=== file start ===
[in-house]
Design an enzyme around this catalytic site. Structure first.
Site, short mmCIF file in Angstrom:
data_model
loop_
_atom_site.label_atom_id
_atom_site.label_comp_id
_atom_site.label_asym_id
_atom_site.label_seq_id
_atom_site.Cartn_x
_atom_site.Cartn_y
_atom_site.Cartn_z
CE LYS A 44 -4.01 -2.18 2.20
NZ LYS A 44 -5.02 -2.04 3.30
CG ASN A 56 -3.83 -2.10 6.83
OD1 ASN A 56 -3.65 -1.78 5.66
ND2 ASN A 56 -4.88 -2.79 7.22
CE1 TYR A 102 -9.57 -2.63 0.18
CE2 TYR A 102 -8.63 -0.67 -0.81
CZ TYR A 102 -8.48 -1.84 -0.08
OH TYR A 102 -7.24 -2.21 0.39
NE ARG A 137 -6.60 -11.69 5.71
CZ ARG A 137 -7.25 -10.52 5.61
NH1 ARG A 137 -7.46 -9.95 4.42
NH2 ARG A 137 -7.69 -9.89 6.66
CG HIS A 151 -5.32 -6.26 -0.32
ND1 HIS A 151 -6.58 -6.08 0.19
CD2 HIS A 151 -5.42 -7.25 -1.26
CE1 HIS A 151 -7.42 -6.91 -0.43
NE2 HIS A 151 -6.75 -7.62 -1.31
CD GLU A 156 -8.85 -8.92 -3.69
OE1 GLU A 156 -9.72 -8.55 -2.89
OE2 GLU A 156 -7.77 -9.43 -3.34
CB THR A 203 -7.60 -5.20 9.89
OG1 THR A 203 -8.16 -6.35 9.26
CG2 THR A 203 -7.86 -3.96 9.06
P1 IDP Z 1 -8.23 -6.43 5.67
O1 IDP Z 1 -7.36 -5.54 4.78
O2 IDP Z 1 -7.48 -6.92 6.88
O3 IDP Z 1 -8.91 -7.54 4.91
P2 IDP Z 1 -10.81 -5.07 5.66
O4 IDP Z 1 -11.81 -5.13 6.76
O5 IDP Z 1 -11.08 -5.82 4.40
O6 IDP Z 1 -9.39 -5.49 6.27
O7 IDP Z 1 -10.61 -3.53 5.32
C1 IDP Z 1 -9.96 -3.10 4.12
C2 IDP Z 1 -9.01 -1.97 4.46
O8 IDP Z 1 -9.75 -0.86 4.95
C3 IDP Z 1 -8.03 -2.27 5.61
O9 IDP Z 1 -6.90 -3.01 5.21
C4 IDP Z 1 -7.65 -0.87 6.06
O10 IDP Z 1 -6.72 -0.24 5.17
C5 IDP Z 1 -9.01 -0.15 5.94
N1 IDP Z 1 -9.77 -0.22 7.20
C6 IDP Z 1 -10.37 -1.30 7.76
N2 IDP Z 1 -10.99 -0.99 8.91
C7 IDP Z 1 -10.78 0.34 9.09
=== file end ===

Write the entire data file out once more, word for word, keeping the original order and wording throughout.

[in-house]
Design an enzyme around this catalytic site. Structure first.
Site, short mmCIF file in Angstrom:
data_model
loop_
_atom_site.label_atom_id
_atom_site.label_comp_id
_atom_site.label_asym_id
_atom_site.label_seq_id
_atom_site.Cartn_x
_atom_site.Cartn_y
_atom_site.Cartn_z
CE LYS A 44 -4.01 -2.18 2.20
NZ LYS A 44 -5.02 -2.04 3.30
CG ASN A 56 -3.83 -2.10 6.83
OD1 ASN A 56 -3.65 -1.78 5.66
ND2 ASN A 56 -4.88 -2.79 7.22
CE1 TYR A 102 -9.57 -2.63 0.18
CE2 TYR A 102 -8.63 -0.67 -0.81
CZ TYR A 102 -8.48 -1.84 -0.08
OH TYR A 102 -7.24 -2.21 0.39
NE ARG A 137 -6.60 -11.69 5.71
CZ ARG A 137 -7.25 -10.52 5.61
NH1 ARG A 137 -7.46 -9.95 4.42
NH2 ARG A 137 -7.69 -9.89 6.66
CG HIS A 151 -5.32 -6.26 -0.32
ND1 HIS A 151 -6.58 -6.08 0.19
CD2 HIS A 151 -5.42 -7.25 -1.26
CE1 HIS A 151 -7.42 -6.91 -0.43
NE2 HIS A 151 -6.75 -7.62 -1.31
CD GLU A 156 -8.85 -8.92 -3.69
OE1 GLU A 156 -9.72 -8.55 -2.89
OE2 GLU A 156 -7.77 -9.43 -3.34
CB THR A 203 -7.60 -5.20 9.89
OG1 THR A 203 -8.16 -6.35 9.26
CG2 THR A 203 -7.86 -3.96 9.06
P1 IDP Z 1 -8.23 -6.43 5.67
O1 IDP Z 1 -7.36 -5.54 4.78
O2 IDP Z 1 -7.48 -6.92 6.88
O3 IDP Z 1 -8.91 -7.54 4.91
P2 IDP Z 1 -10.81 -5.07 5.66
O4 IDP Z 1 -11.81 -5.13 6.76
O5 IDP Z 1 -11.08 -5.82 4.40
O6 IDP Z 1 -9.39 -5.49 6.27
O7 IDP Z 1 -10.61 -3.53 5.32
C1 IDP Z 1 -9.96 -3.10 4.12
C2 IDP Z 1 -9.01 -1.97 4.46
O8 IDP Z 1 -9.75 -0.86 4.95
C3 IDP Z 1 -8.03 -2.27 5.61
O9 IDP Z 1 -6.90 -3.01 5.21
C4 IDP Z 1 -7.65 -0.87 6.06
O10 IDP Z 1 -6.72 -0.24 5.17
C5 IDP Z 1 -9.01 -0.15 5.94
N1 IDP Z 1 -9.77 -0.22 7.20
C6 IDP Z 1 -10.37 -1.30 7.76
N2 IDP Z 1 -10.99 -0.99 8.91
C7 IDP Z 1 -10.78 0.34 9.09